Day 3

Waited until 11am for the trip organizer to show up. She didn't. I decided to wait until dusk to hike out. By that time I hadn't eaten for 24 hours. Fortunately, I brought some salt tablets to replenish my electrolytes/sodium levels/anti-exhaustion-units. Hiking out went by a good deal faster. I was surprised at the preponderance of dead-and-down wood; that will certainly be a problem in the future. When I came to the trailhead, I looked more closely at the bulletin board. NO CAMPFIRES ALLOWED. What the heckenstein? No friggin' wonder there weren't any fire rings. I was ashamed of myself. I put my fire out completely, but I had still inadvertently broken the law. Sucks. I might be fined--we'll see. The bulletin board also said that bear-resistant food containers were advised.

During the drive out, I saw some white-tailed deer (I think).

This has been my most embarrassing trip for a while. Hopefully I learned some life lessons. I've certainly learned that real bug spray is necessary (my tea tree oil solution didn't cut it), and I won't go camping again without better food protection. I'll read over the dang trail bulletin board before beginning.

Here's my trip vlog: [ youtube video ]

UPDATE 6/26/2018:
I made an honest mistake, and I've made no attempt to hide it. Really I posted this trip log in hopes someone might learn from it. My conscience is clear, and I had learned my lessons before driving away from the wilderness area. One further thing I could have learned: hide my sins, and find safety in a lie. But not today.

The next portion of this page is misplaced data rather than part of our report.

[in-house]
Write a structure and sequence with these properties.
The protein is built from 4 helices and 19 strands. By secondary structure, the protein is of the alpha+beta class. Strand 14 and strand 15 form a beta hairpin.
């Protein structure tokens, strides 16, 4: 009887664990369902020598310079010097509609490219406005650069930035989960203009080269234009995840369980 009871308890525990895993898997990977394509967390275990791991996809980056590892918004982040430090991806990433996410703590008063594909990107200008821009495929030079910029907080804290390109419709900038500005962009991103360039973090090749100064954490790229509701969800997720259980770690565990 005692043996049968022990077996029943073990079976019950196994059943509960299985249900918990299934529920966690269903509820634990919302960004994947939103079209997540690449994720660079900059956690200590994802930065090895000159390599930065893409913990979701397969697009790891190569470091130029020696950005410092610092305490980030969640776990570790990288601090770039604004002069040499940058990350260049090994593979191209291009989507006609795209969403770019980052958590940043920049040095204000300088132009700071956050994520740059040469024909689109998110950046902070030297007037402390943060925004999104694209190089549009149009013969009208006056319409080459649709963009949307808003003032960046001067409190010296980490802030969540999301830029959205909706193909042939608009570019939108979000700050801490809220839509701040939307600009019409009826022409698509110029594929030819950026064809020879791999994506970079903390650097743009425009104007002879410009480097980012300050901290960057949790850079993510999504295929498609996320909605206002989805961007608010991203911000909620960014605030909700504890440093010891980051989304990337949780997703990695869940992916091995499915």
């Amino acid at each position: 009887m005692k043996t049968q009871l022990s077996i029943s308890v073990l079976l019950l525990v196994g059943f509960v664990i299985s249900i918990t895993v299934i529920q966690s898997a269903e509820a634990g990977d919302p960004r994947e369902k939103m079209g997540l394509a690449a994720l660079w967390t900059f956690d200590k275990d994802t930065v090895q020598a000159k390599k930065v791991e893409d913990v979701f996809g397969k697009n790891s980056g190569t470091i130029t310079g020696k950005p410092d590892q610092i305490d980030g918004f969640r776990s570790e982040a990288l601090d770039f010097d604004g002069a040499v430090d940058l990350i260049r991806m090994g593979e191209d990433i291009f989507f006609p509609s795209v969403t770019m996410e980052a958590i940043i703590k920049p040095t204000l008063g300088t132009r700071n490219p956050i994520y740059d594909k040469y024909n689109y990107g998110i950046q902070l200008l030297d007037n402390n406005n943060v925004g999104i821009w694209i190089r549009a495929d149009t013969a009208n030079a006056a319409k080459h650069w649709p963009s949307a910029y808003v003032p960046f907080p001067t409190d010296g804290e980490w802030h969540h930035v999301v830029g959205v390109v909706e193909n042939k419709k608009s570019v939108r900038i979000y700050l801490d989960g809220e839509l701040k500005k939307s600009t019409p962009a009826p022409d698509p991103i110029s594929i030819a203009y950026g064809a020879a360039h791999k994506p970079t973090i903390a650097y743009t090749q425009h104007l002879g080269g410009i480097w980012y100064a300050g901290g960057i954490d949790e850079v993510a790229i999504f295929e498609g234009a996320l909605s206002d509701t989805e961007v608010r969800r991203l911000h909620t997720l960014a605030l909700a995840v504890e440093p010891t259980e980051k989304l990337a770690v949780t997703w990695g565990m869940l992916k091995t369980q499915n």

I've been reported to the BLM. Perhaps I struck someone as the type who needed to learn his lesson in the wallet. And if a HAZ member saw fit to alert an authority about my candid trip log, I wonder how far my ~$500 will go to maintain their self-righteous smirk? And frankly--judging from the over-abundance of dead-and-down fuel in this wilderness--my quarantined, controlled, tended and summarily-snuffed campfire did more to decrease the risk of wildfire in the area than had been done prior; so, you're welcome.

As you sicc the authoritarian bulldog of our nanny-state on my finances for ignorant appreciation of yesteryear's freedoms, our founding fathers turn over in their graves, and you inch yet closer to the karmic destiny of a miserable louse.
Culture
Culture
Camp-fire
_____________________
leaving no trace of liberty-confining voices in my ears